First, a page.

Skip to main content
Medicine LibreTexts

6.07: The Girdles

The girdles pass on the “push” produced by the limbs to the body. The shoulder girdle or scapula is a triangle of bone surrounded by the muscles of the back but not connected directly to the spine (see diagram 6.1). This arrangement helps it to cushion the body when landing after a leap and gives the forelimbs the flexibility to manipulate food or strike at prey. Animals that use their forelimbs for grasping, burrowing or climbing have a well-developed clavicle or collar bone. This connects the shoulder girdle to the sternum. Animals like sheep, horses and cows that use their forelimbs only for supporting the body and locomotion have no clavicle. The pelvic girdle or hipbone attaches the sacrum and the hind legs. It transmits the force of the leg-thrust in walking or jumping directly to the spine (see diagram 6.10).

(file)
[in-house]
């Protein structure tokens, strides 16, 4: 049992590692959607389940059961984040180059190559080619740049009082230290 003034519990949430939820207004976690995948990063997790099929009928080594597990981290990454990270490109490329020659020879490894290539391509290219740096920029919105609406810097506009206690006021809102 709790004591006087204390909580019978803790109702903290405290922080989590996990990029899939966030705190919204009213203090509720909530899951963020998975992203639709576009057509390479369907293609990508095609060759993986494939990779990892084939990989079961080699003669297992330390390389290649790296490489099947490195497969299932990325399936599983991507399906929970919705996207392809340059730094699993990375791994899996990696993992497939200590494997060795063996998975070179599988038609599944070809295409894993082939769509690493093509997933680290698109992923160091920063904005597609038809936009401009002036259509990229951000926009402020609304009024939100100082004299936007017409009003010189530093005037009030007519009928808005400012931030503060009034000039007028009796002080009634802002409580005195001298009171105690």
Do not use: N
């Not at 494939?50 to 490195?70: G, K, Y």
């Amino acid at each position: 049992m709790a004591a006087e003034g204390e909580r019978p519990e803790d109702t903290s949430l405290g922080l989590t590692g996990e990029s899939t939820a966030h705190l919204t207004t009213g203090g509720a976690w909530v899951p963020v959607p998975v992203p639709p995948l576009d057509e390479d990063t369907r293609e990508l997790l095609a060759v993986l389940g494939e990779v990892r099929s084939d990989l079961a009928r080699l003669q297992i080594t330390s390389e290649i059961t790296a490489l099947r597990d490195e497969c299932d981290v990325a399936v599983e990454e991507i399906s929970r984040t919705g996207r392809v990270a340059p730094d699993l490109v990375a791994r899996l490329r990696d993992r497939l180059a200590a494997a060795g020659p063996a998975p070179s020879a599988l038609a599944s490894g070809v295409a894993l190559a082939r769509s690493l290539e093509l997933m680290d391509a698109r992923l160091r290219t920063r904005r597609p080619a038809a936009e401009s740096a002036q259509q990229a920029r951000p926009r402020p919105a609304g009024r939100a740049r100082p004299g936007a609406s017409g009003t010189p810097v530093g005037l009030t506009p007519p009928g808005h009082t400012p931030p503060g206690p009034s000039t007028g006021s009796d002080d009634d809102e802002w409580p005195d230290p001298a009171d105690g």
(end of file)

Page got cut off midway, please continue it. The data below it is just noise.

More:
Anatomy and physiology of animals Pelvic girdle.jpg

Diagram 6.10 - The pelvic girdle

Contributors

  • Ruth Lawson (Otago Polytechnic; Dunedin, New Zealand)